The political drama of the past two weeks continues. Next will be Premier Christy Clark’s throne speech.
Many are saying she shouldn’t bother, as we know from what has been said by Green Party Leader Andrew Weaver and NDP Leader John Horgan the result of the throne speech vote is a foregone conclusion. It will be going down to defeat and Clark’s government with it, on the first substantive vote in the legislature.
After that, according to tradition, Clark will ask the lieutenant-governor to call on Horgan to form a government. The lieutenant-governor will comply, Horgan and his ministers will be sworn in, and B.C. will have a new government.
So if defeat and an NDP government are assured, why is Clark going through these seemingly unnecessary steps?
Because, given her position, they make good political sense.
Clark might be facing certain defeat when the legislature next meets, but while that would lead to her resignation as premier, she will still be a major player in B.C. politics. Minority governments are notoriously unstable, particularly when the numbers are as equally balanced as we have today.
Clark has the largest number of MLAs, and in last month’s election, her party led in the popular vote. Assuming she wishes to continue as leader of the Opposition, she has a good chance of becoming premier again, long before the four-year term of an NDP government has run its course.
Politics is full of surprises. MLAs die in office, get sick, resign, switch their support or abstain on votes of particular concern to their constituencies. Byelections can be expected, and in such votes, opposition parties generally do better than the government.
There are also out-of-province complications. The proposed Trans Mountain pipeline expansion has pitted the B.C. NDP and the NDP of Alberta in a bitter confrontation that Horgan might not win. Even if he wins, winning might have a high price. The likely outcome is that core NDP support in both provinces will weaken as one NDP premier destroys the re-election chances of the other.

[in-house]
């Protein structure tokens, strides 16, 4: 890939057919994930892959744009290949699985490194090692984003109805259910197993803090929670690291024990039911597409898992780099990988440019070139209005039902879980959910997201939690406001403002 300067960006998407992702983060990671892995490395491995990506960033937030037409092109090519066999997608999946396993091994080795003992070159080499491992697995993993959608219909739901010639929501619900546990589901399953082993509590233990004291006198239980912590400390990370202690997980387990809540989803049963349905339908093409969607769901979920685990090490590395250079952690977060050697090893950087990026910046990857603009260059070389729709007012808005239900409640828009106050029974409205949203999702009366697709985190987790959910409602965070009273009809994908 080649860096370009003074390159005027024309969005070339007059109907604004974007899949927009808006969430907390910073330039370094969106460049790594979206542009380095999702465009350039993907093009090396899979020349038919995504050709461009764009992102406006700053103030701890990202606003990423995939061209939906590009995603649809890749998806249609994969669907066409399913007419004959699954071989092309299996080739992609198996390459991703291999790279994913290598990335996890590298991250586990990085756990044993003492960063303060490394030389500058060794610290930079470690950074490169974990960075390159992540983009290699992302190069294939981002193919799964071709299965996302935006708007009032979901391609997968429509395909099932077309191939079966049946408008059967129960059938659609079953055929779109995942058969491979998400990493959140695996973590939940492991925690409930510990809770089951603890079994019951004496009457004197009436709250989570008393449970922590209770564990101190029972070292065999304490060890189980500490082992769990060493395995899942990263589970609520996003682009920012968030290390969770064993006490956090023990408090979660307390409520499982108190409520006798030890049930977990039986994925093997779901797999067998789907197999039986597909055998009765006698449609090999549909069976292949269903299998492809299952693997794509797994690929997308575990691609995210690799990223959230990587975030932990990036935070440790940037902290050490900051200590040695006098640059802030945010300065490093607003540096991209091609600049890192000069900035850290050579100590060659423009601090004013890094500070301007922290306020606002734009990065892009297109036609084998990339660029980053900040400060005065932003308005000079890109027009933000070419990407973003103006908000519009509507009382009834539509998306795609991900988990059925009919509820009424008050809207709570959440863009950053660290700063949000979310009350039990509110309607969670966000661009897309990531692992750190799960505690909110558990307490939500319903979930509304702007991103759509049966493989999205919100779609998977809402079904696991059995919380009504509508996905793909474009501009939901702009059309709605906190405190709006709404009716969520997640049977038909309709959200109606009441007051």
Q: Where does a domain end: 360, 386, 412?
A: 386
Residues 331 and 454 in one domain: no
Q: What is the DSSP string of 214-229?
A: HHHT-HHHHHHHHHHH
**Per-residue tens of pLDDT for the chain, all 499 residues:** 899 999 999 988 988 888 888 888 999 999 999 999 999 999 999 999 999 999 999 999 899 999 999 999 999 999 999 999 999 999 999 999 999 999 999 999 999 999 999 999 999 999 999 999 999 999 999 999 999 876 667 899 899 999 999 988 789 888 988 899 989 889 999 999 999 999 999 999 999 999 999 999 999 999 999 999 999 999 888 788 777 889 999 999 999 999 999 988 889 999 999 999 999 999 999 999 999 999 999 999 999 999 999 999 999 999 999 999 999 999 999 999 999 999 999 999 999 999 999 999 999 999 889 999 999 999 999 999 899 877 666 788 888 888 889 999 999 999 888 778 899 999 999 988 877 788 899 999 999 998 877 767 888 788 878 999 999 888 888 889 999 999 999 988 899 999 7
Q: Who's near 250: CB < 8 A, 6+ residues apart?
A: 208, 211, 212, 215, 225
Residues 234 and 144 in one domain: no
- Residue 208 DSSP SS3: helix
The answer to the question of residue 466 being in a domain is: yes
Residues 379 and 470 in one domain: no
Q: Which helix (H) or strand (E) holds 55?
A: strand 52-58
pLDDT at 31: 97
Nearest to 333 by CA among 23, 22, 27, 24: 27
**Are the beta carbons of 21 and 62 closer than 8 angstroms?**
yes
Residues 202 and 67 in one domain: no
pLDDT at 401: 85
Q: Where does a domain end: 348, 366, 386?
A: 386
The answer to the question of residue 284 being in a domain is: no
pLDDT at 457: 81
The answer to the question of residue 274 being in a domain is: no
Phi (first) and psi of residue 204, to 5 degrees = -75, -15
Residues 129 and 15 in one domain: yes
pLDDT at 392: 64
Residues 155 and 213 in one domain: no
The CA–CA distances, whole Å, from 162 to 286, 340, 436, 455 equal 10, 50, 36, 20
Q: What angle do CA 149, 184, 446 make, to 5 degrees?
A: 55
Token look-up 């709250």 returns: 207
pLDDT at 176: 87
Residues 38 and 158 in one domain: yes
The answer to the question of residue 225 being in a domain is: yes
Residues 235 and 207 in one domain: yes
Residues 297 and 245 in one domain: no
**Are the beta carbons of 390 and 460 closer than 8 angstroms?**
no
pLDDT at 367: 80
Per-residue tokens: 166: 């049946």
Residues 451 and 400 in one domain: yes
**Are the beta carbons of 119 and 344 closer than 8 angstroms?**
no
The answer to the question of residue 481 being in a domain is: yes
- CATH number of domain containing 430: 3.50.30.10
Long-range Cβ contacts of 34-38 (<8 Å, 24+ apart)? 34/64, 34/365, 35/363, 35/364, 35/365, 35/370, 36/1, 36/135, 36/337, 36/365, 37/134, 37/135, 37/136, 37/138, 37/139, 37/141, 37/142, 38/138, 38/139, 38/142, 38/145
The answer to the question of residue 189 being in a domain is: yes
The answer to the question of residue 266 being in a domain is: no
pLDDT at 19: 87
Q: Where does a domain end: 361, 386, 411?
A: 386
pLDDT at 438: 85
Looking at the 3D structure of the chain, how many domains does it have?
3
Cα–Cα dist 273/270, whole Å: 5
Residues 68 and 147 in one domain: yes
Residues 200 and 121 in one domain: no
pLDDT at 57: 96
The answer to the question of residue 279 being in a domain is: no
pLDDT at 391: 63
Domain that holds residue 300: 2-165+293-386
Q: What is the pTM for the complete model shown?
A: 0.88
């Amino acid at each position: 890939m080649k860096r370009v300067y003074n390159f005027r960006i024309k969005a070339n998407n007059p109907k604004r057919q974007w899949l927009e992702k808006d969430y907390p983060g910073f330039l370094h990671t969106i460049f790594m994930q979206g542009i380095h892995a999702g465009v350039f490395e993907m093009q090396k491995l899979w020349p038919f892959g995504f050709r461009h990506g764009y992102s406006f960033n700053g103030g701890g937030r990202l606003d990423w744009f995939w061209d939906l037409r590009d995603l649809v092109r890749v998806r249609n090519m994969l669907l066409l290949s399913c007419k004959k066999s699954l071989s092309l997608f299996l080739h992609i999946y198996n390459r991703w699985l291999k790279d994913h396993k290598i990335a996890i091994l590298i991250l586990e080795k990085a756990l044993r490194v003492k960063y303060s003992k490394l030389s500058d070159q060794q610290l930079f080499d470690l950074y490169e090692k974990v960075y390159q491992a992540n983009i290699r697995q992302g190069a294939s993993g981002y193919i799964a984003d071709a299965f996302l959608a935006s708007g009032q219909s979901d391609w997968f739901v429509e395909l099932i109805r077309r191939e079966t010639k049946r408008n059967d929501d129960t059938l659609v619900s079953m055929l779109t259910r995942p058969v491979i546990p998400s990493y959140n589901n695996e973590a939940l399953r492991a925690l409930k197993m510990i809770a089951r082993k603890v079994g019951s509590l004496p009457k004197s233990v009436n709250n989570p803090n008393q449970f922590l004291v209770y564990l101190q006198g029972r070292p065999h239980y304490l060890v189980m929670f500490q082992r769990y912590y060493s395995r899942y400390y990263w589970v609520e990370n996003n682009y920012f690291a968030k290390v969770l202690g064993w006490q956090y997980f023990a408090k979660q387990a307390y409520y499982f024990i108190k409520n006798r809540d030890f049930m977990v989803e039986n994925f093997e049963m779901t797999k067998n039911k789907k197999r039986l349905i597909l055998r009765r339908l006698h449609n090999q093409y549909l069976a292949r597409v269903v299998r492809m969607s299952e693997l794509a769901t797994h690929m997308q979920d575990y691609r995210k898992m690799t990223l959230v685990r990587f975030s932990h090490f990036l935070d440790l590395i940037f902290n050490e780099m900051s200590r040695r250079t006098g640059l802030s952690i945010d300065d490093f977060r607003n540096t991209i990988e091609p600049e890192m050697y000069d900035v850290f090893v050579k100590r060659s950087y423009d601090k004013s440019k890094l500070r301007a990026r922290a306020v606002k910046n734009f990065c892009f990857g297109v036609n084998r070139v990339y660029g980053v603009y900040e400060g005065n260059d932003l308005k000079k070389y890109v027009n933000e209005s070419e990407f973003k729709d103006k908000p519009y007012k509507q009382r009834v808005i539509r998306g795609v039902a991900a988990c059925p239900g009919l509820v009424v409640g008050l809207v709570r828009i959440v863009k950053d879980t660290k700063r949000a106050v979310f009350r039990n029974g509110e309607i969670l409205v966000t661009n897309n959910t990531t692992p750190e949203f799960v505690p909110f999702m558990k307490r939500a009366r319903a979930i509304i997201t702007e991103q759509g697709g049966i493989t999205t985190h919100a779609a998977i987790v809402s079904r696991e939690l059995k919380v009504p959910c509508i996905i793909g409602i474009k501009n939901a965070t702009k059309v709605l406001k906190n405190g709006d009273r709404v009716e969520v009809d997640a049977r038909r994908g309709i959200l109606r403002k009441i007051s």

A throne speech can help Clark both with dealing with the NDP/Green MLAs, and, equally important, with her own caucus. As she said in her speech on election night, the election showed voter unhappiness with the lack of co-operation in politics.
Not said, but obvious, is that the election showed that in her efforts over the past four years to accommodate the right wing of the B.C. Liberals, she has lost suburban, largely centre and centre-right voters in key areas of metro Vancouver. A throne speech provides an opportunity for Clark to ditch the unsuccessful campaign rhetoric of the election and stake out new ground closer to the political centre.
A wild card in the pack is the right wing of her own party. The B.C. Liberal Party is a coalition. It appeals to a wide range of voters to the right of the NDP. Its coalition nature means there is always the possibility of it breaking up — indeed, B.C.’s last minority government, Social Credit, elected in 1952, got its chance of winning only after the Conservatives withdrew from the governing Liberal/Conservative coalition.
This means persuading the B.C. Liberal caucus’s most right-wing members to accept that an early move toward the centre of the political spectrum is needed to position the party better in its opposition role and in future elections. This change of direction and policies will fail if caucus members do not accept the change, and challenge Clark’s leadership, or worse, if it results in a new right-wing party forming.
Fortunately for Clark, as premier she holds the pen and writes the throne speech script.
Finally, a throne speech also provides the opportunity to put the NDP and Green MLAs on record as voting against whatever worthwhile measures it contains. The NDP and Green MLAs have agreed to vote against Clark’s throne speech no matter what measures it proposes, and thus a skilfully written speech will have them voting against many of the measures on which they campaigned.
Further, they campaigned on allowing MLAs to vote according to the merits of the issues involved. New MLAs might find themselves in a future election explaining to voters why their first vote in the legislature was not a vote on the merits of the motion and according to their consciences. This is not a major issue, but pointing out the inconsistencies of other parties’ positions is time-honoured politics — particularly with politicians who claim to hold higher standards than the rest.
Nothing is certain in politics, but Clark’s last throne speech might turn out to be the first step in her return to the premier’s office.
David Anderson was both an MLA and an MP for Victoria. He served as leader of the B.C. Liberal Party from 1972 to 1975. Subsequently, he was elected to the federal House of Commons, where he served as fisheries minister, transport minister, and for five years as Canada’s longest-serving minister of the environment.